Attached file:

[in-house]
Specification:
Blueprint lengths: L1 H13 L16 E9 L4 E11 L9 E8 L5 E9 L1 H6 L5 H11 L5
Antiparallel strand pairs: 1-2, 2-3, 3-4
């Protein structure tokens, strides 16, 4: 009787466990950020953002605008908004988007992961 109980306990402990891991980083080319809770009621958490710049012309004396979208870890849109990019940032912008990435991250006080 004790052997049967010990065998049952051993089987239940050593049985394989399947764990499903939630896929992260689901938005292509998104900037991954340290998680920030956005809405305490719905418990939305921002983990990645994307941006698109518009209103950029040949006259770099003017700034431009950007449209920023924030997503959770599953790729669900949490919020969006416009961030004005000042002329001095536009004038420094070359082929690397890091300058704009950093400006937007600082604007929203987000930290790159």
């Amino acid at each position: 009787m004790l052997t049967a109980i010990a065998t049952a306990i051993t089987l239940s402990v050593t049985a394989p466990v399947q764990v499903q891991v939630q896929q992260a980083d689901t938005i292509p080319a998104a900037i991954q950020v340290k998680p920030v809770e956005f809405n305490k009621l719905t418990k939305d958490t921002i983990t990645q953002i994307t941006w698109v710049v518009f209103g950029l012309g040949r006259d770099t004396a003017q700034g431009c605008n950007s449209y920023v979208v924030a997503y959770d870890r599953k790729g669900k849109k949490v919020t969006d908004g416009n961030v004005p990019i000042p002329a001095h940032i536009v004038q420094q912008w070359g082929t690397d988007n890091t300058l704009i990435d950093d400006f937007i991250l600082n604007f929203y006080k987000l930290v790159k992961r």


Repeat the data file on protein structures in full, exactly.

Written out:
[in-house]
Specification:
Blueprint lengths: L1 H13 L16 E9 L4 E11 L9 E8 L5 E9 L1 H6 L5 H11 L5
Antiparallel strand pairs: 1-2, 2-3, 3-4
């Protein structure tokens, strides 16, 4: 009787466990950020953002605008908004988007992961 109980306990402990891991980083080319809770009621958490710049012309004396979208870890849109990019940032912008990435991250006080 004790052997049967010990065998049952051993089987239940050593049985394989399947764990499903939630896929992260689901938005292509998104900037991954340290998680920030956005809405305490719905418990939305921002983990990645994307941006698109518009209103950029040949006259770099003017700034431009950007449209920023924030997503959770599953790729669900949490919020969006416009961030004005000042002329001095536009004038420094070359082929690397890091300058704009950093400006937007600082604007929203987000930290790159």
């Amino acid at each position: 009787m004790l052997t049967a109980i010990a065998t049952a306990i051993t089987l239940s402990v050593t049985a394989p466990v399947q764990v499903q891991v939630q896929q992260a980083d689901t938005i292509p080319a998104a900037i991954q950020v340290k998680p920030v809770e956005f809405n305490k009621l719905t418990k939305d958490t921002i983990t990645q953002i994307t941006w698109v710049v518009f209103g950029l012309g040949r006259d770099t004396a003017q700034g431009c605008n950007s449209y920023v979208v924030a997503y959770d870890r599953k790729g669900k849109k949490v919020t969006d908004g416009n961030v004005p990019i000042p002329a001095h940032i536009v004038q420094q912008w070359g082929t690397d988007n890091t300058l704009i990435d950093d400006f937007i991250l600082n604007f929203y006080k987000l930290v790159k992961r």